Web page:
voluntarily continue to integrate the schools. The State of Opportunity in America (pdf) cites
    that since the mid-1980s, virtually all large school districts have had
    increasingly lower levels of integration. The 1954 Brown decision promise of acceptance and diversity cannot be
    fulfilled until school districts encourage integration in ways that work for
    community.
  • Feminist Blogs reports on new statistics from the National Center for Children in Poverty (pdf) about how
    state policies affect low income children. Most notable is the comparison between the level of poverty among
    children and the percentage of Non-Hispanic White members of the population. These figures parallel those in The State of Opportunity in America (pdf), which states that in
    2000, the poverty rate among African Americans and Hispanics was slightly over
    2.6 times greater than that for white Americans. In addition, from 2001 to 2003, poverty rates
    for all racial and ethnic increased more than for whites. Poverty is represented disproportionately
    based on race in this country, which threaten the well-being of a diverse
    country.
  • Feminist Blogs also reports on a Department of Public Health study which shows that minority women in Los Angeles country have disproportionately higher rates of chronic disease than others. The report found that black women have the
    highest mortality rate of any group, and many minority groups reported
    significant percentages of poverty and low access to health care. The large gaps in health status among
    racial/ethnic groups are obvious in The State of Opportunity in America (pdf),
    which explores figures that mortality rates among African American females’
    mortality rates have been consistently 25 percent higher than for women
    overall. Examples like the LA Country’s
    disproportionate health care coverage and poverty situations highlight a national
    problem requiring new social reforms.

Daily Blog Round-up: 6/1/07

  • Ally Work reports on an article from Lip Magazine which breaks down the ways in which white supremacists exploit tragedy to further their own causes.  Besides using any crime committed by a non-White as a race crime attempted to bring down the majority, many of these groups believe that the media purposely ignores black-on-white killings.  In reality, the media over-represents blacks as offenders, relative to their share of crimes committed. The State of Opportunity in America (pdf) cites findings from the General Social Survey that significant majorities of African Americans are more prone to violence than whites.  When Americans continue to endorse these racist attitudes, the goals of equal access through renewed social policy become compromised.
  • Prometheus 6 reports on a New York Times article exposing the rapid growths of minorities in school rolls, especially Hispanics.  This number has peaked at 42% of public school enrollment from 22% thirty years ago.  These figures reflect the changes in the greater composition of the country, where great ethnic shifts are taking place in all regions.  Despite rising enrollment, large test score gaps exist between whites and minority groups.  The State of Opportunity in America (pdf) cites that while 87% of U.S. adults have obtained a high school diploma or the equivalent, the high school degree attainment among Hispanic adults is only just above 60%.  Schools need to provide the proper resources to close this immense gap.  As a way to combat the prejudice that students from lower socioeconomic status may face, some higher education institutions are courting low-income students with offers of grants and tuition wavers, recognizing that their test scores and performance is only in reflection to their resources. This New York Times article highlights the ways in which Amherst seeks to make their class more diverse, not only racially, but also across class differences.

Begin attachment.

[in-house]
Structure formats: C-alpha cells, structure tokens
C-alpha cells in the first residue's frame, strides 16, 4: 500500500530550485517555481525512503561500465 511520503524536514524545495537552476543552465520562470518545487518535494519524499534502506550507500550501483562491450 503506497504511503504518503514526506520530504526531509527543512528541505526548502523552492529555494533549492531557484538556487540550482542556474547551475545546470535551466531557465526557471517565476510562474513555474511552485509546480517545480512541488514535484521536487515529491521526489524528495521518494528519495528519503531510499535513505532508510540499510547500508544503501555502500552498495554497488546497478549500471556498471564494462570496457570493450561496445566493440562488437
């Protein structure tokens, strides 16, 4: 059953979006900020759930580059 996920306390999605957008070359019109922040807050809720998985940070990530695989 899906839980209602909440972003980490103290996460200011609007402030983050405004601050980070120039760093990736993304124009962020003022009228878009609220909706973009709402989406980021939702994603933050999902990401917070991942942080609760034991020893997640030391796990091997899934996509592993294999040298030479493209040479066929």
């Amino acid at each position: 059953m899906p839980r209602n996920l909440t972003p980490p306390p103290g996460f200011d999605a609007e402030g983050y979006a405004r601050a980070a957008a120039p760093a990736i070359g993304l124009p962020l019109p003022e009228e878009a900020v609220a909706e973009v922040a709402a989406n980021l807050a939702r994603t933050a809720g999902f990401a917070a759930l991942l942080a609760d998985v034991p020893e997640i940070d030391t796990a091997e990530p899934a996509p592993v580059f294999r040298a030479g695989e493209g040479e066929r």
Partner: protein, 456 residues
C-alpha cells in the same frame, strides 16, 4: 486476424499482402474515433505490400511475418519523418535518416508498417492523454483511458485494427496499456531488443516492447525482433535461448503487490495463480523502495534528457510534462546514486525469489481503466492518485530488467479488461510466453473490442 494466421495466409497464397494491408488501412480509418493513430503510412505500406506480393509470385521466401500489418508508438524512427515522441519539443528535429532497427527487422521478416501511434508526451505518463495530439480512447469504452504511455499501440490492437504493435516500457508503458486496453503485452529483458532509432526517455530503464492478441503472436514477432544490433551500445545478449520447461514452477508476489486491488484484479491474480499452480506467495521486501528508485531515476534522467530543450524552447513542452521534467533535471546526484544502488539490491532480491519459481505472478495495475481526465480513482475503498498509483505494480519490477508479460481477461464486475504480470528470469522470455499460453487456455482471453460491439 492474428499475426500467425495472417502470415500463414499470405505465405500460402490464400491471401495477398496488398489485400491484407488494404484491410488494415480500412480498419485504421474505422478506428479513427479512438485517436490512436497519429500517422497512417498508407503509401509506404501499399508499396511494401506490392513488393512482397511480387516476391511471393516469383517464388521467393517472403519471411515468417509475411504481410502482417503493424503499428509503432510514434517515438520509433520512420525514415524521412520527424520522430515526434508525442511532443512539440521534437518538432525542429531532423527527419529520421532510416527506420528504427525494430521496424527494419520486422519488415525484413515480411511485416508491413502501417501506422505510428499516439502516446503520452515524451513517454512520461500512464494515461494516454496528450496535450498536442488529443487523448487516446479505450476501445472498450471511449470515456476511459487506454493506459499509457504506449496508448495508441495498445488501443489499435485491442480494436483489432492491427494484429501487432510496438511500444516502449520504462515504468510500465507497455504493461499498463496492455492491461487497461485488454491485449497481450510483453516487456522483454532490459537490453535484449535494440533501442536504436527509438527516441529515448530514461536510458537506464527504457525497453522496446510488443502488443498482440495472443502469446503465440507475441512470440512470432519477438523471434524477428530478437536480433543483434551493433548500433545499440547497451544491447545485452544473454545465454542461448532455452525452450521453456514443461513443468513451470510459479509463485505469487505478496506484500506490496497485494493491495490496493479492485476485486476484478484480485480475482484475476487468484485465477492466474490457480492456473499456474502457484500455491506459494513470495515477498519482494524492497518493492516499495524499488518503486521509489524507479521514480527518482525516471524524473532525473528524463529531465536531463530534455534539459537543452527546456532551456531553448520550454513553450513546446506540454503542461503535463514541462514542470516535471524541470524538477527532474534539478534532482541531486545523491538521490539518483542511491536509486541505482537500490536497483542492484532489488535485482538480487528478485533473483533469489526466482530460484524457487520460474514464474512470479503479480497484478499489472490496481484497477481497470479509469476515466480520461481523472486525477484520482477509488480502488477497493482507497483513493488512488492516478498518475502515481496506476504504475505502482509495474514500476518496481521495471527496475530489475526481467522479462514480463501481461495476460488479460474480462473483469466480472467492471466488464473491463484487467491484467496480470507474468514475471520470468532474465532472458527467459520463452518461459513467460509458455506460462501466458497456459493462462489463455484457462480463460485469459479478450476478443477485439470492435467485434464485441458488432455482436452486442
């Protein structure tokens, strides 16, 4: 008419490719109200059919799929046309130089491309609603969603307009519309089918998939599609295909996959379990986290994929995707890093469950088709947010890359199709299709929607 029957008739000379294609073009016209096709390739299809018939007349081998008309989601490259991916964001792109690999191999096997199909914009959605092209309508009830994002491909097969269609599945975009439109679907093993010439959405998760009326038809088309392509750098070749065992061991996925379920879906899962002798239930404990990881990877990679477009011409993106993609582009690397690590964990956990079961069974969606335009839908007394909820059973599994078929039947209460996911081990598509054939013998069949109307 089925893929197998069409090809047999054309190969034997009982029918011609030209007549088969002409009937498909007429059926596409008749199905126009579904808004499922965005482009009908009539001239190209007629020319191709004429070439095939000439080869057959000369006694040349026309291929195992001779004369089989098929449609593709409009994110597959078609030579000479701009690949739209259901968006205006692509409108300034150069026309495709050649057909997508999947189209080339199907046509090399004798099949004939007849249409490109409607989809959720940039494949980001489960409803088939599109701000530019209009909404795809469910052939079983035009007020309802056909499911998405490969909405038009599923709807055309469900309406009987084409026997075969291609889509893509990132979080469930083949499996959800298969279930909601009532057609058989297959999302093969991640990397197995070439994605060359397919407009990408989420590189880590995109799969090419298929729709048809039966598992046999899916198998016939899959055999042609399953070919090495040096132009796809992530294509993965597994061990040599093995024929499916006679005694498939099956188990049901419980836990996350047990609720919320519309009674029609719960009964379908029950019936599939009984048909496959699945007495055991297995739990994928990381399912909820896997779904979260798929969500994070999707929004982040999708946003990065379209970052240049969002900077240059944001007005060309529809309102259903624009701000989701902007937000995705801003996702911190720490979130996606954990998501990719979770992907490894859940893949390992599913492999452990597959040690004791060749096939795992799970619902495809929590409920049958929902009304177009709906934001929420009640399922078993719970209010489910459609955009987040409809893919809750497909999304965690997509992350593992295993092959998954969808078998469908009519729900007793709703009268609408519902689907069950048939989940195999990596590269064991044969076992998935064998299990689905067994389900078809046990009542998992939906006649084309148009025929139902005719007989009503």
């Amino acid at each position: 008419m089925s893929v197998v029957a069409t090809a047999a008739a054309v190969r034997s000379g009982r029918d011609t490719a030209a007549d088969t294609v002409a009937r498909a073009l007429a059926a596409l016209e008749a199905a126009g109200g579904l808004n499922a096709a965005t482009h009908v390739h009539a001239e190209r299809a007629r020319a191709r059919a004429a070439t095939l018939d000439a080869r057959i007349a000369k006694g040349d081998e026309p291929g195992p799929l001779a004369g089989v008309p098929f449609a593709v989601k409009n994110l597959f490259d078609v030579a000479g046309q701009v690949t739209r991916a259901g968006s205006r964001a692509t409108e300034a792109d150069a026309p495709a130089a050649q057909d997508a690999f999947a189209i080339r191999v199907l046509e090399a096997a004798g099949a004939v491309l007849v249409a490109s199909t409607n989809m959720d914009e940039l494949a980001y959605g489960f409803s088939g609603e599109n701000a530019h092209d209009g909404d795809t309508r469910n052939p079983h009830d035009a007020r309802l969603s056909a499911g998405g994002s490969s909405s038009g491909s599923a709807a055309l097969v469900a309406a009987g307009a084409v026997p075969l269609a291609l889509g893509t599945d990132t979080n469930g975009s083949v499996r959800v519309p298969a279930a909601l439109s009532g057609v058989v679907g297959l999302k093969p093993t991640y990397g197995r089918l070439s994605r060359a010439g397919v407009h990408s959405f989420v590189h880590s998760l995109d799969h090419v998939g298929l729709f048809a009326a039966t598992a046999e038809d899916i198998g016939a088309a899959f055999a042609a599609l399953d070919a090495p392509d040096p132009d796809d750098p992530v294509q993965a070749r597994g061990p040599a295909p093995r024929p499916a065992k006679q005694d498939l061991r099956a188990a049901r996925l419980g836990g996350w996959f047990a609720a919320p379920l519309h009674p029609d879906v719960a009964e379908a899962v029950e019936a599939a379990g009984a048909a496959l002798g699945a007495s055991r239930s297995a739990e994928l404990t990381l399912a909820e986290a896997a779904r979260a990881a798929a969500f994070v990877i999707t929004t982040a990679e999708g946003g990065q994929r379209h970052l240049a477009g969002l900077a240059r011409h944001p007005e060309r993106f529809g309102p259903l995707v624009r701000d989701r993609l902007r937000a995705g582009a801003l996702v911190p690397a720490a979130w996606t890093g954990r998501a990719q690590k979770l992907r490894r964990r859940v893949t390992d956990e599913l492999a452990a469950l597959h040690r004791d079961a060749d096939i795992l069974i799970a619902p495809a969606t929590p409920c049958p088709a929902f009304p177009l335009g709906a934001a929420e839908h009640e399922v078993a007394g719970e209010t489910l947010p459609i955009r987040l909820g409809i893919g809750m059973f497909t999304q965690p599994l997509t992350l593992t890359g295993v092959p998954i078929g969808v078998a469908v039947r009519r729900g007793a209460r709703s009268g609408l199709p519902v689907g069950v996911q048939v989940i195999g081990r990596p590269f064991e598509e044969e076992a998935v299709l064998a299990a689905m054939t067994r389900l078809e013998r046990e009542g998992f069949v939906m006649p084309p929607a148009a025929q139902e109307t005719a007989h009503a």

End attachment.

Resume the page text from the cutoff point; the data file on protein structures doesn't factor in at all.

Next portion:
• The Huffington Post reports on the disadvantages of living with such large discrepancies between the top of the wealth index and the bottom, even if you find yourself in the better half.  Citing his new book, The Trap: Selling Out to Stay Afloat in Winner-Take-All America, Daniel Brook explains how the more unbalanced a society is, the more the top will need to pay to keep it afloat.  The State of Opportunity in America (pdf) cites the increases in class divide in the past three decades, in which the wages for the top 5 percent of wage earners grew by 31%, but the wages for the bottom 10% of workers slightly declined.  With these severe trends, it becomes that much more challenging for social mobility and equal opportunity to all members of society.
  • The Real Cost of Prisons Weblog reports on the recent increases in California spending on prison budget, extrapolating that in five years, this budget will supersede spending on the state universities.  The author attributes the disorganization in California’s prison department and unprecedented numbers of incarcerations to unclear goals for the function of prisons, either a way to remove criminals from society or rehabilitate them.  These figures in California parallel those found on the national level.  The State of Opportunity in America (pdf) found that in mid-2004, more than 21.13 million people were incarcerated, a number higher than other nations and unprecedented in our history.  Without proper rehabilitation programs, these rates will continue to increase, forcing our law-makers to spend high percentages of budget money to sustain the populations when the money could be used better elsewhere.